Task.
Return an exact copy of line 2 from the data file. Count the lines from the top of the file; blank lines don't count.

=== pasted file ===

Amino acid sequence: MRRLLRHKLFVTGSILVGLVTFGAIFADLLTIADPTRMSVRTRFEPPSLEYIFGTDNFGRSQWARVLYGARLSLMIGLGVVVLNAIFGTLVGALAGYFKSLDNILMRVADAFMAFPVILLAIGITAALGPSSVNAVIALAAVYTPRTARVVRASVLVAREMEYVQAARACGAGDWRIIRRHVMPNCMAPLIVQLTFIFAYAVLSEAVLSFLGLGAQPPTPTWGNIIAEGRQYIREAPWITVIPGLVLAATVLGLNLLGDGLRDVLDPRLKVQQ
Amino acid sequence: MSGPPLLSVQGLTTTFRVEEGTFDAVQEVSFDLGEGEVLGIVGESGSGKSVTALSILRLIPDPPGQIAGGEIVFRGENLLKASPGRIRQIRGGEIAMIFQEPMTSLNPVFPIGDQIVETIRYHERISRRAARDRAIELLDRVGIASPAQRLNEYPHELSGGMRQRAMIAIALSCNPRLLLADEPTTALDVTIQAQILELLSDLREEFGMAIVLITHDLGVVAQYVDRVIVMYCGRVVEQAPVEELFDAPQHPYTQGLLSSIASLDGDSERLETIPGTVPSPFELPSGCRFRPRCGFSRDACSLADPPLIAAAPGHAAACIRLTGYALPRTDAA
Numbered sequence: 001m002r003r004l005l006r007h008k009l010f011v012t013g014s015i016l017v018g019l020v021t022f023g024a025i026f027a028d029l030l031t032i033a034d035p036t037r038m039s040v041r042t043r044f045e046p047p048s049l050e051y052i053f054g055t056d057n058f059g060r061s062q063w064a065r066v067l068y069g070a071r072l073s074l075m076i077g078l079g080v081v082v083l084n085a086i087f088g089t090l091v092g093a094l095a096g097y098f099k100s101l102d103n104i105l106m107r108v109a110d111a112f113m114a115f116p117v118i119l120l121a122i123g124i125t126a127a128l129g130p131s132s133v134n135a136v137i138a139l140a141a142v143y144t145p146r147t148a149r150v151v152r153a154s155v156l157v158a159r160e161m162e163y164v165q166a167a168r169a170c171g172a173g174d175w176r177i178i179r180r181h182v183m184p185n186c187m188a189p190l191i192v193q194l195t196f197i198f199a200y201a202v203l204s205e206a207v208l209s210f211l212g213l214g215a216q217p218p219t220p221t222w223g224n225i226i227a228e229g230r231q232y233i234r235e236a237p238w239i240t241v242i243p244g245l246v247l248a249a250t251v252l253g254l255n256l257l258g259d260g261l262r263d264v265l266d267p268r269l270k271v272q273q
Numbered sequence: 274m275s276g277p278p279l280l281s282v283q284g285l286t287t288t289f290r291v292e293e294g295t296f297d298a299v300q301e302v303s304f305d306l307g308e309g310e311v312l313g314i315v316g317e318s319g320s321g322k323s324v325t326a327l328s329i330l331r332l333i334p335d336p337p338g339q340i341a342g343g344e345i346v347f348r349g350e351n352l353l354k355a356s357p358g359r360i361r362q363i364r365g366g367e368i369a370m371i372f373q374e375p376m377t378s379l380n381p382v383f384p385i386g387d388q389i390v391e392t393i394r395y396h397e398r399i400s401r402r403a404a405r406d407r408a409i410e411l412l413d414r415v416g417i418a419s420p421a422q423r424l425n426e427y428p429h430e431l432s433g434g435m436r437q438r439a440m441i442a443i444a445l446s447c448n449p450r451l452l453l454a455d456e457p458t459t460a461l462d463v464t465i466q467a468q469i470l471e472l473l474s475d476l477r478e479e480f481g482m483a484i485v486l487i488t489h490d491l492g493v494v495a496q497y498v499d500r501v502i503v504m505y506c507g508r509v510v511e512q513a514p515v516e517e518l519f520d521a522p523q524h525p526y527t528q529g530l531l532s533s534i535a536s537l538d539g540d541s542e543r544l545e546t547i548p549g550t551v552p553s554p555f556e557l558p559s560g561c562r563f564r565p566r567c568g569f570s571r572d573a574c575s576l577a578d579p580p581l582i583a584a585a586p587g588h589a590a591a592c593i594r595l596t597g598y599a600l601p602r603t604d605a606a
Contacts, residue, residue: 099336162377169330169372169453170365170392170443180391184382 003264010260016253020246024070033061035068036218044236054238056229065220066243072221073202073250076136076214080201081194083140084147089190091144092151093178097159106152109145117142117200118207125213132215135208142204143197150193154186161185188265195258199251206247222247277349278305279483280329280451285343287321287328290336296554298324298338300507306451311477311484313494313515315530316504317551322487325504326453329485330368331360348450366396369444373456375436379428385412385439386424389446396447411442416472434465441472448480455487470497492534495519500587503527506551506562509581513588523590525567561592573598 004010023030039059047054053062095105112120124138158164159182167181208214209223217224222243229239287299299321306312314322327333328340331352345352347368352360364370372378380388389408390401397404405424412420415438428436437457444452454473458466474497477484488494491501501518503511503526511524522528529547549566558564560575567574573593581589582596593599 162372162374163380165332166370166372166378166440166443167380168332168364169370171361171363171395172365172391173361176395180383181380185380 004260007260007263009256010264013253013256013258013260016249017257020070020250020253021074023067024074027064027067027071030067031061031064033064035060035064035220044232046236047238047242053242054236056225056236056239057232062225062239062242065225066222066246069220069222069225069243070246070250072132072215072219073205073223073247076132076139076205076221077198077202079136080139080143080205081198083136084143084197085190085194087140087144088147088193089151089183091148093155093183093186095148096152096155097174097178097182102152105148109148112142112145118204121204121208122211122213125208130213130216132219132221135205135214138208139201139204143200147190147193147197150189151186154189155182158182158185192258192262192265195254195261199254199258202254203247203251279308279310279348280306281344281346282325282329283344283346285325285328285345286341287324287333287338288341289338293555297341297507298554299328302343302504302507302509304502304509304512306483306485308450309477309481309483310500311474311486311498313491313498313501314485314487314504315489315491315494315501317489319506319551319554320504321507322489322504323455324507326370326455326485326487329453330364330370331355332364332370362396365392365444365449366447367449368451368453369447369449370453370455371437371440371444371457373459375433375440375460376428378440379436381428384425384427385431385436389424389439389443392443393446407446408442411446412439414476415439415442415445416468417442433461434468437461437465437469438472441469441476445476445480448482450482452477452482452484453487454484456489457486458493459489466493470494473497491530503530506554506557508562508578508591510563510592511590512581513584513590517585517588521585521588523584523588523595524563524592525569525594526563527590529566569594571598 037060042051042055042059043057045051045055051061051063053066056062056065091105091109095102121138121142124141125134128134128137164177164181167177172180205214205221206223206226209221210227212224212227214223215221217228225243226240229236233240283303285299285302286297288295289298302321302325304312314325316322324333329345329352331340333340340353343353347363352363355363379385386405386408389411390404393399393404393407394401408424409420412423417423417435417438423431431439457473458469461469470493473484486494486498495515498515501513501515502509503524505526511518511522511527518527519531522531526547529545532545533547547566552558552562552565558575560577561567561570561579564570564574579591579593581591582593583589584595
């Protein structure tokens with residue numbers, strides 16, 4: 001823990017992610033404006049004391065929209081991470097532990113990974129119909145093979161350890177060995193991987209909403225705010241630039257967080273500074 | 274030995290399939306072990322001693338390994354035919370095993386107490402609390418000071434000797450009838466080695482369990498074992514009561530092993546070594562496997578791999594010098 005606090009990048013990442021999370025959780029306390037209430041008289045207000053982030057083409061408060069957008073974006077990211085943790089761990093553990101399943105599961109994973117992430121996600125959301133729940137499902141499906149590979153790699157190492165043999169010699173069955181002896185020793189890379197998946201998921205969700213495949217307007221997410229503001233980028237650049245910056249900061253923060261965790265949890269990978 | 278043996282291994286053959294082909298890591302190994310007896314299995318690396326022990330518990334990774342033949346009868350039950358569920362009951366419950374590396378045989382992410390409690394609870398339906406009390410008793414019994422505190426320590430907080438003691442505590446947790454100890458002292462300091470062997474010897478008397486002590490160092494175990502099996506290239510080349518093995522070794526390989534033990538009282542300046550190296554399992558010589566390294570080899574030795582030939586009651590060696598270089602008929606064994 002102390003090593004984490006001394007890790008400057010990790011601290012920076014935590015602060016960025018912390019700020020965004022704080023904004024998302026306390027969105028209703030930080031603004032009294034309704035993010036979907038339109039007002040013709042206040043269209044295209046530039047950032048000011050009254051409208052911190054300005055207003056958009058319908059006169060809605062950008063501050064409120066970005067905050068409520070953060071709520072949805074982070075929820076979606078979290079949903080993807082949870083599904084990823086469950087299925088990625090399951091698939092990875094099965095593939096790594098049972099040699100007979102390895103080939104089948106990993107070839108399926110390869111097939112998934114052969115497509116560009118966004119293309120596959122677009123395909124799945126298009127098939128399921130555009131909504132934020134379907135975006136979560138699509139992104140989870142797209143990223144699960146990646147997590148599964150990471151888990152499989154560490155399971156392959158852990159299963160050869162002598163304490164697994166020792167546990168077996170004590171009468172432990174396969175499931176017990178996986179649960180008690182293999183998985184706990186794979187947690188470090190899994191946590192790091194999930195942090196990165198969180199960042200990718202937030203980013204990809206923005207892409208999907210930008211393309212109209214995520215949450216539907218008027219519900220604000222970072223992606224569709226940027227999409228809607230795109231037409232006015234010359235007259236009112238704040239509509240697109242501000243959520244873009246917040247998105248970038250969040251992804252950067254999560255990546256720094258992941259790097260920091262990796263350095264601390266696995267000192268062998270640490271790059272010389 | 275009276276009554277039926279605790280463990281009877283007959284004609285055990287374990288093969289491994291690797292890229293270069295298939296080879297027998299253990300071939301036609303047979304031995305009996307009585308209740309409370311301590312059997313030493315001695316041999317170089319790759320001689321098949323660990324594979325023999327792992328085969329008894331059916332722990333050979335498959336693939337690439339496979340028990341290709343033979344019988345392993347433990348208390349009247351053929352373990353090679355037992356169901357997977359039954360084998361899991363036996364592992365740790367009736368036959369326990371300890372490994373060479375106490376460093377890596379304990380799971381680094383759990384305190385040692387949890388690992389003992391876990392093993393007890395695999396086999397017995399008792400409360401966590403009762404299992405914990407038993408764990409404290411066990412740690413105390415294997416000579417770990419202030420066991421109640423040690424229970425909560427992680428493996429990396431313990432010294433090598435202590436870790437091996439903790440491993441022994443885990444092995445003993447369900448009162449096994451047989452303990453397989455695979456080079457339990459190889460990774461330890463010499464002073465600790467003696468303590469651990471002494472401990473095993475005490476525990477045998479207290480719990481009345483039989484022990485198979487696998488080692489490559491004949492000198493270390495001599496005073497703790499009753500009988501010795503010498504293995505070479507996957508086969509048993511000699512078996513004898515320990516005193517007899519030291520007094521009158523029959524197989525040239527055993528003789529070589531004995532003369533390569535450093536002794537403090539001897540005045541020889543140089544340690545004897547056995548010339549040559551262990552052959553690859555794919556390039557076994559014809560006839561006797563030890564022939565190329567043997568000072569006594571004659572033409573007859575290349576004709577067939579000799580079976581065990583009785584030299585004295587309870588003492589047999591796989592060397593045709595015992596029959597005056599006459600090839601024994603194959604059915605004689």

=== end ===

Amino acid sequence: MSGPPLLSVQGLTTTFRVEEGTFDAVQEVSFDLGEGEVLGIVGESGSGKSVTALSILRLIPDPPGQIAGGEIVFRGENLLKASPGRIRQIRGGEIAMIFQEPMTSLNPVFPIGDQIVETIRYHERISRRAARDRAIELLDRVGIASPAQRLNEYPHELSGGMRQRAMIAIALSCNPRLLLADEPTTALDVTIQAQILELLSDLREEFGMAIVLITHDLGVVAQYVDRVIVMYCGRVVEQAPVEELFDAPQHPYTQGLLSSIASLDGDSERLETIPGTVPSPFELPSGCRFRPRCGFSRDACSLADPPLIAAAPGHAAACIRLTGYALPRTDAA